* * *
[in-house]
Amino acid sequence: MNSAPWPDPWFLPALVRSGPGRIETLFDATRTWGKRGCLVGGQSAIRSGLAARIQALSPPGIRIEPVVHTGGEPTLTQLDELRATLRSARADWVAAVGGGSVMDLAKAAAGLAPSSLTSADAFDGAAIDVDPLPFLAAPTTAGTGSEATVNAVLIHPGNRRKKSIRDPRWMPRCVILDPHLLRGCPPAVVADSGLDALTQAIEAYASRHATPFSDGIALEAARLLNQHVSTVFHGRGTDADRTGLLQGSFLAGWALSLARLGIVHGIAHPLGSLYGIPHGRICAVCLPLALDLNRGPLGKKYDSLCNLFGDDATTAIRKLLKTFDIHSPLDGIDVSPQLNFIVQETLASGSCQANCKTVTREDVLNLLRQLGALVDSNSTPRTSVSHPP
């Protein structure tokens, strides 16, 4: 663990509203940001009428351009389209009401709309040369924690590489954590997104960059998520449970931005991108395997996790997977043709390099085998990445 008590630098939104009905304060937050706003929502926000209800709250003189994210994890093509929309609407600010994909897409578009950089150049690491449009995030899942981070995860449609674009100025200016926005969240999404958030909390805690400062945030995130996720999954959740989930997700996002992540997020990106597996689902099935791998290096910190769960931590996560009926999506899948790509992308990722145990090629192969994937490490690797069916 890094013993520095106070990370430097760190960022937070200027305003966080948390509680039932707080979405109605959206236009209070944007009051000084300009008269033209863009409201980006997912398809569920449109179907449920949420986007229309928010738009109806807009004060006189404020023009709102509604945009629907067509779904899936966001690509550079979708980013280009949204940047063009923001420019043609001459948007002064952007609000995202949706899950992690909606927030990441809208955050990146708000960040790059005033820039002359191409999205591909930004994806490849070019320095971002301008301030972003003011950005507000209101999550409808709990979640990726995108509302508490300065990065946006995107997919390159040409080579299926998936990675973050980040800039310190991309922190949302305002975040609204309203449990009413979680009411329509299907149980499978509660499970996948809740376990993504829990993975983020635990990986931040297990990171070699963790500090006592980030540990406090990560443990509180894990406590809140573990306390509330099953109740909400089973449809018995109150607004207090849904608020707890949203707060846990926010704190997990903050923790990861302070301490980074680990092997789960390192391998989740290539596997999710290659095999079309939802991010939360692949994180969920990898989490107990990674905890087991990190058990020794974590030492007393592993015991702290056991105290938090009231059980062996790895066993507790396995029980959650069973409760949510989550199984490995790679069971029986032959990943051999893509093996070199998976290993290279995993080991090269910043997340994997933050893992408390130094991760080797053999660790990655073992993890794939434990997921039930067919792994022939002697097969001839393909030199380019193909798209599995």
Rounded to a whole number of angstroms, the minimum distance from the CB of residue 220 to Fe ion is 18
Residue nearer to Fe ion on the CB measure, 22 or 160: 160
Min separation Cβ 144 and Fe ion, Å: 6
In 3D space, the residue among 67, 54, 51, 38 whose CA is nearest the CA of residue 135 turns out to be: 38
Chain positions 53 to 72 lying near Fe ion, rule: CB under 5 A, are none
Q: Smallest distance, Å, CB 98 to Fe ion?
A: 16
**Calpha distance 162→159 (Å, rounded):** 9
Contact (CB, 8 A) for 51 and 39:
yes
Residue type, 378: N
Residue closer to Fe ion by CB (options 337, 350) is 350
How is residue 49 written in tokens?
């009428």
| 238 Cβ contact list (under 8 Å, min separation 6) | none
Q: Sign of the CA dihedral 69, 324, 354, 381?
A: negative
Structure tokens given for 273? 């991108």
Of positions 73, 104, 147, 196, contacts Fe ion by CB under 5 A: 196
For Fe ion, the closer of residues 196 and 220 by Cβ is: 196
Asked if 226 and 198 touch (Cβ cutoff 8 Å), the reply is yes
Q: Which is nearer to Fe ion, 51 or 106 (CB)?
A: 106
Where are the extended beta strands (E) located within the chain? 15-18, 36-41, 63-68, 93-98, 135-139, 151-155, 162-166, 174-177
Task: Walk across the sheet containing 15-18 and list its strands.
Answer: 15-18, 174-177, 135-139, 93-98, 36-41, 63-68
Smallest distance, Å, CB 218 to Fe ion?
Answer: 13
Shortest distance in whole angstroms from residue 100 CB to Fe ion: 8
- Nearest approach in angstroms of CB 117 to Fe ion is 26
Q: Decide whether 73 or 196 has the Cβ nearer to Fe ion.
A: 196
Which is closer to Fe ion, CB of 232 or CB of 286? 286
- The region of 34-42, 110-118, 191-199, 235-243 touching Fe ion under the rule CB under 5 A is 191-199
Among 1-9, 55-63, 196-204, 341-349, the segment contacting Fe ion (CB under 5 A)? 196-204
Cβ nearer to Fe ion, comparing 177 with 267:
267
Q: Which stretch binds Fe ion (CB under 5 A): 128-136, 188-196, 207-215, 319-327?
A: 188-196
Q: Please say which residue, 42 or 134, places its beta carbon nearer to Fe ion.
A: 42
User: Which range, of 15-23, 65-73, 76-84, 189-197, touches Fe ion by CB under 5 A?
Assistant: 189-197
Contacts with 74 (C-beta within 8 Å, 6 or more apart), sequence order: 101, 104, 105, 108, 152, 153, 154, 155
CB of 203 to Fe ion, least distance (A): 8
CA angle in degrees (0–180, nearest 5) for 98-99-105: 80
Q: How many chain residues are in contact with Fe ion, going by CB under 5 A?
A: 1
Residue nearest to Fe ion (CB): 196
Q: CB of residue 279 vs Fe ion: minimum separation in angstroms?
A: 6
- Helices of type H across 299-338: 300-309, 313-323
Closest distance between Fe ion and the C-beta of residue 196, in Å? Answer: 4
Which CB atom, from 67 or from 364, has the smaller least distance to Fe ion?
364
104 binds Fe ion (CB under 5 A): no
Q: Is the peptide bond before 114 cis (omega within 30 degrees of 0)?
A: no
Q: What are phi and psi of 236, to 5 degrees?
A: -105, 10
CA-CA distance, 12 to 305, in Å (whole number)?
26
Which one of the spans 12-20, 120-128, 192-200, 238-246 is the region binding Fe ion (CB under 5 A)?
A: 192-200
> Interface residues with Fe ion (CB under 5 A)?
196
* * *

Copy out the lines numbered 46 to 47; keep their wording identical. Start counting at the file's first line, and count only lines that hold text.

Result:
Assistant: 189-197
Contacts with 74 (C-beta within 8 Å, 6 or more apart), sequence order: 101, 104, 105, 108, 152, 153, 154, 155